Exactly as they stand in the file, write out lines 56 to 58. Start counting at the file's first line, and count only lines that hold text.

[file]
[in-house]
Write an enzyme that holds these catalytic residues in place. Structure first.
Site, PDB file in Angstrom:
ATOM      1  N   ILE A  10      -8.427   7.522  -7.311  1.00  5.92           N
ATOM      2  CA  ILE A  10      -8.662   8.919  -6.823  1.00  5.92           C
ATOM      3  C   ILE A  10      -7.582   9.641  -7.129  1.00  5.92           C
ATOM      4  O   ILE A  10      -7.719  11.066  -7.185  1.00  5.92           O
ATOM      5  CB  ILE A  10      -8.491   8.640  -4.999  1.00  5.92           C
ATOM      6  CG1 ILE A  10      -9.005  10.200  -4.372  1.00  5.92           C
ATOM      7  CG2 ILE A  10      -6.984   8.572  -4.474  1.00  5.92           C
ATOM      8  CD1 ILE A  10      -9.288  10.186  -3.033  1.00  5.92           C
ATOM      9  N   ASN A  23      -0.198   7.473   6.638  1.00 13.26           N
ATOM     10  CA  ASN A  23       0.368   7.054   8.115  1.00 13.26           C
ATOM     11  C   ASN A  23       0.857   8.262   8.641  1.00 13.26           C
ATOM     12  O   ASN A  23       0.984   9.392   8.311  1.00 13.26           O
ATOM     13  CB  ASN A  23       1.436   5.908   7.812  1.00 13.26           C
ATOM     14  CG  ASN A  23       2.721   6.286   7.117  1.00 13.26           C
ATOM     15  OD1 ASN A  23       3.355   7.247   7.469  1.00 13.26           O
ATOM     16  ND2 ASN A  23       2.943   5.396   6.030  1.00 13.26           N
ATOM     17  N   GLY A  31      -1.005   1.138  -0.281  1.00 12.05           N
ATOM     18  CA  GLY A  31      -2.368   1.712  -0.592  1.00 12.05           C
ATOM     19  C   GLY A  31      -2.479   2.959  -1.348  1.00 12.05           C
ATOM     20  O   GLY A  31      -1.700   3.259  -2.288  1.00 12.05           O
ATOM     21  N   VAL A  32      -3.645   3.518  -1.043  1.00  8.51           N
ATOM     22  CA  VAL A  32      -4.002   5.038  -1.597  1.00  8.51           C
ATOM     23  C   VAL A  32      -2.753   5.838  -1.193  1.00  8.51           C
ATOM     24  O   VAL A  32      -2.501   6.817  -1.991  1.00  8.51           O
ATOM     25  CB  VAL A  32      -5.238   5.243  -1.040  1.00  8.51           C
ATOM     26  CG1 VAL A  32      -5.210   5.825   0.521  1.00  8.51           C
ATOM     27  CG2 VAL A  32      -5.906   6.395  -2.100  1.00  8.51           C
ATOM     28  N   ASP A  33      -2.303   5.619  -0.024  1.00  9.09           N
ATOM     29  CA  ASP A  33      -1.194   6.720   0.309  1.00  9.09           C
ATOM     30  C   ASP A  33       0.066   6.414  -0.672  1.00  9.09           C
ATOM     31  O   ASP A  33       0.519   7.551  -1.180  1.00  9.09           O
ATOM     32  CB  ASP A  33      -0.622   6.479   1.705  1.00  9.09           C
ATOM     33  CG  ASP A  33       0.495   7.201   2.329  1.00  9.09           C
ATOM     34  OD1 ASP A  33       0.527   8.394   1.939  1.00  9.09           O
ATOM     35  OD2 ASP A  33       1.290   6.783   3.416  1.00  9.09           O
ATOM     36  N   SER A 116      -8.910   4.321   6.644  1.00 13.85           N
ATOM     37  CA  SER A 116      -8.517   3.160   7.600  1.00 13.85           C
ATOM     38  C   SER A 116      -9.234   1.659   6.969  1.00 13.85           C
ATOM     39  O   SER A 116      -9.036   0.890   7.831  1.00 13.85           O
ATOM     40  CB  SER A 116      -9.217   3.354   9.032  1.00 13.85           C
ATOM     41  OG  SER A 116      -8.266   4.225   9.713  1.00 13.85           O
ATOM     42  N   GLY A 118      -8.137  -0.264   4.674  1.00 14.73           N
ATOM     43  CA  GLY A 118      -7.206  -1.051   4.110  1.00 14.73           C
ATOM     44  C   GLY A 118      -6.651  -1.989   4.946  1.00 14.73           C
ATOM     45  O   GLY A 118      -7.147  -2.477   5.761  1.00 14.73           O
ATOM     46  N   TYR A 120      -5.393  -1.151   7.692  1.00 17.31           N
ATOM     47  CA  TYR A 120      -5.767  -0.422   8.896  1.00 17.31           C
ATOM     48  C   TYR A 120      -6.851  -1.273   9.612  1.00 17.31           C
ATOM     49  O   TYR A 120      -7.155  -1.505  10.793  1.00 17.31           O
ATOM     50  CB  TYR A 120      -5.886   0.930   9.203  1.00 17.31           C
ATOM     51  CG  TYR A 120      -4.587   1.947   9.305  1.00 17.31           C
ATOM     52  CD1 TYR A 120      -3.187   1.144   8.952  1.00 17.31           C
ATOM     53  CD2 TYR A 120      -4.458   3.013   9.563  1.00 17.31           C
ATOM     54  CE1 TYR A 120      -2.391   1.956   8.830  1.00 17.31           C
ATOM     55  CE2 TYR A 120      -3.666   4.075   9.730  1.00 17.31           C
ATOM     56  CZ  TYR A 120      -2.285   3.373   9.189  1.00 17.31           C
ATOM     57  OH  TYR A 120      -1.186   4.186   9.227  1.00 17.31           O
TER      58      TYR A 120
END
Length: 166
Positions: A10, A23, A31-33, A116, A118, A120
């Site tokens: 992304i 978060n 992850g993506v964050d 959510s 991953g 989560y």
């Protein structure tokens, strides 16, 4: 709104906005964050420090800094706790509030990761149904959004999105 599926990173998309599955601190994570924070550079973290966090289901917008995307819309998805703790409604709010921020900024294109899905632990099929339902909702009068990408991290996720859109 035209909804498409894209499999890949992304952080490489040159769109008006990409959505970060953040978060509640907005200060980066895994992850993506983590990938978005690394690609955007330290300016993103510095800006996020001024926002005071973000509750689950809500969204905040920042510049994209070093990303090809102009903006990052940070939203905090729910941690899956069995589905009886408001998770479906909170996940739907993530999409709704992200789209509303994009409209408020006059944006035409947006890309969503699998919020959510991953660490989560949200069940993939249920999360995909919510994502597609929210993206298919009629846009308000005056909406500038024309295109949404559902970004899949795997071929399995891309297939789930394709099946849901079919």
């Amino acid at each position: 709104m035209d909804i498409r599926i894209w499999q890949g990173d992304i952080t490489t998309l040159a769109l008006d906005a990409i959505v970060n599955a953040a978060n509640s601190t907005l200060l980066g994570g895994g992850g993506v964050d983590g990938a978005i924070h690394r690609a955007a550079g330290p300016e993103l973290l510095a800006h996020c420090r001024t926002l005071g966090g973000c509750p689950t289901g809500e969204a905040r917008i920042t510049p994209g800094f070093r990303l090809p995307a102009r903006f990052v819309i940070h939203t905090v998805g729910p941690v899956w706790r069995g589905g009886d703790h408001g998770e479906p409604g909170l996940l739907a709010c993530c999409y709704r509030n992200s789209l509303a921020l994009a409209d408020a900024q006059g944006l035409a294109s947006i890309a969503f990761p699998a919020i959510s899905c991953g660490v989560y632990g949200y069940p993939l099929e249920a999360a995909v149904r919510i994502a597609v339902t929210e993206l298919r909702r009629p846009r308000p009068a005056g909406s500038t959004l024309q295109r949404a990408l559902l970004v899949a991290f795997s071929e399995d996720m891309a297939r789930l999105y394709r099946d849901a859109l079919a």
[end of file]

ATOM     53  CD2 TYR A 120      -4.458   3.013   9.563  1.00 17.31           C
ATOM     54  CE1 TYR A 120      -2.391   1.956   8.830  1.00 17.31           C
ATOM     55  CE2 TYR A 120      -3.666   4.075   9.730  1.00 17.31           C